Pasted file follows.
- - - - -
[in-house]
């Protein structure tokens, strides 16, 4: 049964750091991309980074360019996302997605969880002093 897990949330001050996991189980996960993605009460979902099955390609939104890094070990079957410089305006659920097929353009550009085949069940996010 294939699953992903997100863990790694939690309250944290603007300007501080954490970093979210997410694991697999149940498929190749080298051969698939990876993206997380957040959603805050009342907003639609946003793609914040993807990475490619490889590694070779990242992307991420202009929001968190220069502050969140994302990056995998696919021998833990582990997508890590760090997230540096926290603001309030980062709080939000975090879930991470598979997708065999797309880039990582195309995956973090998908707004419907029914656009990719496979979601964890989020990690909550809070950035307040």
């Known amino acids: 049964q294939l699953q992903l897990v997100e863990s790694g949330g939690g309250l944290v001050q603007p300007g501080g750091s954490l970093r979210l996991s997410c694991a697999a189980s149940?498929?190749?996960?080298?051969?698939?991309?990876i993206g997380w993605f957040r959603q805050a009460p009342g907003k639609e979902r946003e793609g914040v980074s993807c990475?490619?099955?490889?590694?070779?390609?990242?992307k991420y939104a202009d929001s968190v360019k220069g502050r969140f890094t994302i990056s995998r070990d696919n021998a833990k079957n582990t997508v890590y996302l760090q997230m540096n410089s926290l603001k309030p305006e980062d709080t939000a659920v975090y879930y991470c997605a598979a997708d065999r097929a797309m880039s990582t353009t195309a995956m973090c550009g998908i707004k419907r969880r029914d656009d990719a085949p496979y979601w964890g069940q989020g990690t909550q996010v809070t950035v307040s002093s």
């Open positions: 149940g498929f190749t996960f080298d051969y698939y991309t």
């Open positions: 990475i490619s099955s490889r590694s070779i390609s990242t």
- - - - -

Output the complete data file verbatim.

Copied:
[in-house]
């Protein structure tokens, strides 16, 4: 049964750091991309980074360019996302997605969880002093 897990949330001050996991189980996960993605009460979902099955390609939104890094070990079957410089305006659920097929353009550009085949069940996010 294939699953992903997100863990790694939690309250944290603007300007501080954490970093979210997410694991697999149940498929190749080298051969698939990876993206997380957040959603805050009342907003639609946003793609914040993807990475490619490889590694070779990242992307991420202009929001968190220069502050969140994302990056995998696919021998833990582990997508890590760090997230540096926290603001309030980062709080939000975090879930991470598979997708065999797309880039990582195309995956973090998908707004419907029914656009990719496979979601964890989020990690909550809070950035307040």
């Known amino acids: 049964q294939l699953q992903l897990v997100e863990s790694g949330g939690g309250l944290v001050q603007p300007g501080g750091s954490l970093r979210l996991s997410c694991a697999a189980s149940?498929?190749?996960?080298?051969?698939?991309?990876i993206g997380w993605f957040r959603q805050a009460p009342g907003k639609e979902r946003e793609g914040v980074s993807c990475?490619?099955?490889?590694?070779?390609?990242?992307k991420y939104a202009d929001s968190v360019k220069g502050r969140f890094t994302i990056s995998r070990d696919n021998a833990k079957n582990t997508v890590y996302l760090q997230m540096n410089s926290l603001k309030p305006e980062d709080t939000a659920v975090y879930y991470c997605a598979a997708d065999r097929a797309m880039s990582t353009t195309a995956m973090c550009g998908i707004k419907r969880r029914d656009d990719a085949p496979y979601w964890g069940q989020g990690t909550q996010v809070t950035v307040s002093s």
């Open positions: 149940g498929f190749t996960f080298d051969y698939y991309t």
């Open positions: 990475i490619s099955s490889r590694s070779i390609s990242t």